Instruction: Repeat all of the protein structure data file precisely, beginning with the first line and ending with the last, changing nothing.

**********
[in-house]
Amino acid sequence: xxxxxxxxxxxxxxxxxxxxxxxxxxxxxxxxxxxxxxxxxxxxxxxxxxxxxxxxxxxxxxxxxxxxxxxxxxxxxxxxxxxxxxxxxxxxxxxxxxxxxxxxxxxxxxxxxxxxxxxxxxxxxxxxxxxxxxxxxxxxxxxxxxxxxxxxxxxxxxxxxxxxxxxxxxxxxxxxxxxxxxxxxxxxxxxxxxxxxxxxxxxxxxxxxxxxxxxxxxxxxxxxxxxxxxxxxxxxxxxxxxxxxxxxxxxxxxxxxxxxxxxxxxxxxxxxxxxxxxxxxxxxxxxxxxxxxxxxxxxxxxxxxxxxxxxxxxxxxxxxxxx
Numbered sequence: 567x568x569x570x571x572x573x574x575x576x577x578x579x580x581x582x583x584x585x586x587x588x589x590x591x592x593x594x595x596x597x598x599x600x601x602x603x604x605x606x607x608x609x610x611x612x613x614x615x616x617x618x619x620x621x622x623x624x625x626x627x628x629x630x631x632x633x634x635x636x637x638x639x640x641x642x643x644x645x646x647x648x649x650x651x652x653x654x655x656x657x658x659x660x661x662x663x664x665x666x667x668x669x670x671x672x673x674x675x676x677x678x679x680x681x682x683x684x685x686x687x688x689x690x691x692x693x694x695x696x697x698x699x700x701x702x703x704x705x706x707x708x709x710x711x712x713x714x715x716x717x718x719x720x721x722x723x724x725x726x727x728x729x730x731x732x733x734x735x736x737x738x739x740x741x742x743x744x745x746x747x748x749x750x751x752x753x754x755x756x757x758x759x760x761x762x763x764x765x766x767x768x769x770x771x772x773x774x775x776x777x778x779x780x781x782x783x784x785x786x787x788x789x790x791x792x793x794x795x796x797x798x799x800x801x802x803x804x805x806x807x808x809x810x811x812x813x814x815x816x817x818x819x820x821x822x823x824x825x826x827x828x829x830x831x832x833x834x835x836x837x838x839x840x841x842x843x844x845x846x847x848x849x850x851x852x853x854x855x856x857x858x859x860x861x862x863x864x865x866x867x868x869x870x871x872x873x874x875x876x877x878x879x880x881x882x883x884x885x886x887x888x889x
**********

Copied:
[in-house]
Amino acid sequence: xxxxxxxxxxxxxxxxxxxxxxxxxxxxxxxxxxxxxxxxxxxxxxxxxxxxxxxxxxxxxxxxxxxxxxxxxxxxxxxxxxxxxxxxxxxxxxxxxxxxxxxxxxxxxxxxxxxxxxxxxxxxxxxxxxxxxxxxxxxxxxxxxxxxxxxxxxxxxxxxxxxxxxxxxxxxxxxxxxxxxxxxxxxxxxxxxxxxxxxxxxxxxxxxxxxxxxxxxxxxxxxxxxxxxxxxxxxxxxxxxxxxxxxxxxxxxxxxxxxxxxxxxxxxxxxxxxxxxxxxxxxxxxxxxxxxxxxxxxxxxxxxxxxxxxxxxxxxxxxxxxx
Numbered sequence: 567x568x569x570x571x572x573x574x575x576x577x578x579x580x581x582x583x584x585x586x587x588x589x590x591x592x593x594x595x596x597x598x599x600x601x602x603x604x605x606x607x608x609x610x611x612x613x614x615x616x617x618x619x620x621x622x623x624x625x626x627x628x629x630x631x632x633x634x635x636x637x638x639x640x641x642x643x644x645x646x647x648x649x650x651x652x653x654x655x656x657x658x659x660x661x662x663x664x665x666x667x668x669x670x671x672x673x674x675x676x677x678x679x680x681x682x683x684x685x686x687x688x689x690x691x692x693x694x695x696x697x698x699x700x701x702x703x704x705x706x707x708x709x710x711x712x713x714x715x716x717x718x719x720x721x722x723x724x725x726x727x728x729x730x731x732x733x734x735x736x737x738x739x740x741x742x743x744x745x746x747x748x749x750x751x752x753x754x755x756x757x758x759x760x761x762x763x764x765x766x767x768x769x770x771x772x773x774x775x776x777x778x779x780x781x782x783x784x785x786x787x788x789x790x791x792x793x794x795x796x797x798x799x800x801x802x803x804x805x806x807x808x809x810x811x812x813x814x815x816x817x818x819x820x821x822x823x824x825x826x827x828x829x830x831x832x833x834x835x836x837x838x839x840x841x842x843x844x845x846x847x848x849x850x851x852x853x854x855x856x857x858x859x860x861x862x863x864x865x866x867x868x869x870x871x872x873x874x875x876x877x878x879x880x881x882x883x884x885x886x887x888x889x